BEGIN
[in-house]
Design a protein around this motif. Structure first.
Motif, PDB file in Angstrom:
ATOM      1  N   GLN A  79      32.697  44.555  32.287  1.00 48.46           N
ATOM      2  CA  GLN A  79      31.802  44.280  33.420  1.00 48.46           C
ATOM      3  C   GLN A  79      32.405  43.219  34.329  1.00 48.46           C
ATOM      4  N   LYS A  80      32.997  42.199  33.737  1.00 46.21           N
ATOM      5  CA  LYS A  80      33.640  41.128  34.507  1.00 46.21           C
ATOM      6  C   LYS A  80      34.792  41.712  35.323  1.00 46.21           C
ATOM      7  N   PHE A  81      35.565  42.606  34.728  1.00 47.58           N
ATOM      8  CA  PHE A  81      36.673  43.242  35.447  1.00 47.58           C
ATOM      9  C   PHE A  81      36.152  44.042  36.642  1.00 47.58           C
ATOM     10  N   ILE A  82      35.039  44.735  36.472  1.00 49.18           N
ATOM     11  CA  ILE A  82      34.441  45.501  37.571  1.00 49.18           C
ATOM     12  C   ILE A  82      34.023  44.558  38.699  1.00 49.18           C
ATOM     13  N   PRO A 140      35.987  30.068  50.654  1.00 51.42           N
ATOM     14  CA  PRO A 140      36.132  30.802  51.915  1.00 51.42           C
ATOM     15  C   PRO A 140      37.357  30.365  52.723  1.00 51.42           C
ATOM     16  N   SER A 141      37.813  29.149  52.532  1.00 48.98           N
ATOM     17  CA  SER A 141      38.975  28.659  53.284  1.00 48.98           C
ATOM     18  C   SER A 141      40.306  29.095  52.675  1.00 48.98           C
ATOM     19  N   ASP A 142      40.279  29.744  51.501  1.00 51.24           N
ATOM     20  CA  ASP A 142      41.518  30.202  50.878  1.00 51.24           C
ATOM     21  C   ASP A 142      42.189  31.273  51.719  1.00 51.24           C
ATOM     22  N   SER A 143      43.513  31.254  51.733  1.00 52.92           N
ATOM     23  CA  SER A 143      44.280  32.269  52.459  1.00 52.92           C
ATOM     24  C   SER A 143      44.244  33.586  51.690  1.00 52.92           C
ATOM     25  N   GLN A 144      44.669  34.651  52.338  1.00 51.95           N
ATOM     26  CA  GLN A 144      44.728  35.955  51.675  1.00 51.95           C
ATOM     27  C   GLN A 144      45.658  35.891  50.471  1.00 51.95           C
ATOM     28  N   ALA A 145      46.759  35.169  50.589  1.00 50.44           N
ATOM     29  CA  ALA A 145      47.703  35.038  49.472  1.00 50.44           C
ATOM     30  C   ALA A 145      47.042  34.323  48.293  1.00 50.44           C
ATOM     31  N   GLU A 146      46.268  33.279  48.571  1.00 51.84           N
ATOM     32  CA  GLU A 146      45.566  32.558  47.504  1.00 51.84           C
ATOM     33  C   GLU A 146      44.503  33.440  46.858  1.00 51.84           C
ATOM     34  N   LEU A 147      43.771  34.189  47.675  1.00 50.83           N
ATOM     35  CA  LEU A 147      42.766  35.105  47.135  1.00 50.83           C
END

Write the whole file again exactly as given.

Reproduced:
[in-house]
Design a protein around this motif. Structure first.
Motif, PDB file in Angstrom:
ATOM      1  N   GLN A  79      32.697  44.555  32.287  1.00 48.46           N
ATOM      2  CA  GLN A  79      31.802  44.280  33.420  1.00 48.46           C
ATOM      3  C   GLN A  79      32.405  43.219  34.329  1.00 48.46           C
ATOM      4  N   LYS A  80      32.997  42.199  33.737  1.00 46.21           N
ATOM      5  CA  LYS A  80      33.640  41.128  34.507  1.00 46.21           C
ATOM      6  C   LYS A  80      34.792  41.712  35.323  1.00 46.21           C
ATOM      7  N   PHE A  81      35.565  42.606  34.728  1.00 47.58           N
ATOM      8  CA  PHE A  81      36.673  43.242  35.447  1.00 47.58           C
ATOM      9  C   PHE A  81      36.152  44.042  36.642  1.00 47.58           C
ATOM     10  N   ILE A  82      35.039  44.735  36.472  1.00 49.18           N
ATOM     11  CA  ILE A  82      34.441  45.501  37.571  1.00 49.18           C
ATOM     12  C   ILE A  82      34.023  44.558  38.699  1.00 49.18           C
ATOM     13  N   PRO A 140      35.987  30.068  50.654  1.00 51.42           N
ATOM     14  CA  PRO A 140      36.132  30.802  51.915  1.00 51.42           C
ATOM     15  C   PRO A 140      37.357  30.365  52.723  1.00 51.42           C
ATOM     16  N   SER A 141      37.813  29.149  52.532  1.00 48.98           N
ATOM     17  CA  SER A 141      38.975  28.659  53.284  1.00 48.98           C
ATOM     18  C   SER A 141      40.306  29.095  52.675  1.00 48.98           C
ATOM     19  N   ASP A 142      40.279  29.744  51.501  1.00 51.24           N
ATOM     20  CA  ASP A 142      41.518  30.202  50.878  1.00 51.24           C
ATOM     21  C   ASP A 142      42.189  31.273  51.719  1.00 51.24           C
ATOM     22  N   SER A 143      43.513  31.254  51.733  1.00 52.92           N
ATOM     23  CA  SER A 143      44.280  32.269  52.459  1.00 52.92           C
ATOM     24  C   SER A 143      44.244  33.586  51.690  1.00 52.92           C
ATOM     25  N   GLN A 144      44.669  34.651  52.338  1.00 51.95           N
ATOM     26  CA  GLN A 144      44.728  35.955  51.675  1.00 51.95           C
ATOM     27  C   GLN A 144      45.658  35.891  50.471  1.00 51.95           C
ATOM     28  N   ALA A 145      46.759  35.169  50.589  1.00 50.44           N
ATOM     29  CA  ALA A 145      47.703  35.038  49.472  1.00 50.44           C
ATOM     30  C   ALA A 145      47.042  34.323  48.293  1.00 50.44           C
ATOM     31  N   GLU A 146      46.268  33.279  48.571  1.00 51.84           N
ATOM     32  CA  GLU A 146      45.566  32.558  47.504  1.00 51.84           C
ATOM     33  C   GLU A 146      44.503  33.440  46.858  1.00 51.84           C
ATOM     34  N   LEU A 147      43.771  34.189  47.675  1.00 50.83           N
ATOM     35  CA  LEU A 147      42.766  35.105  47.135  1.00 50.83           C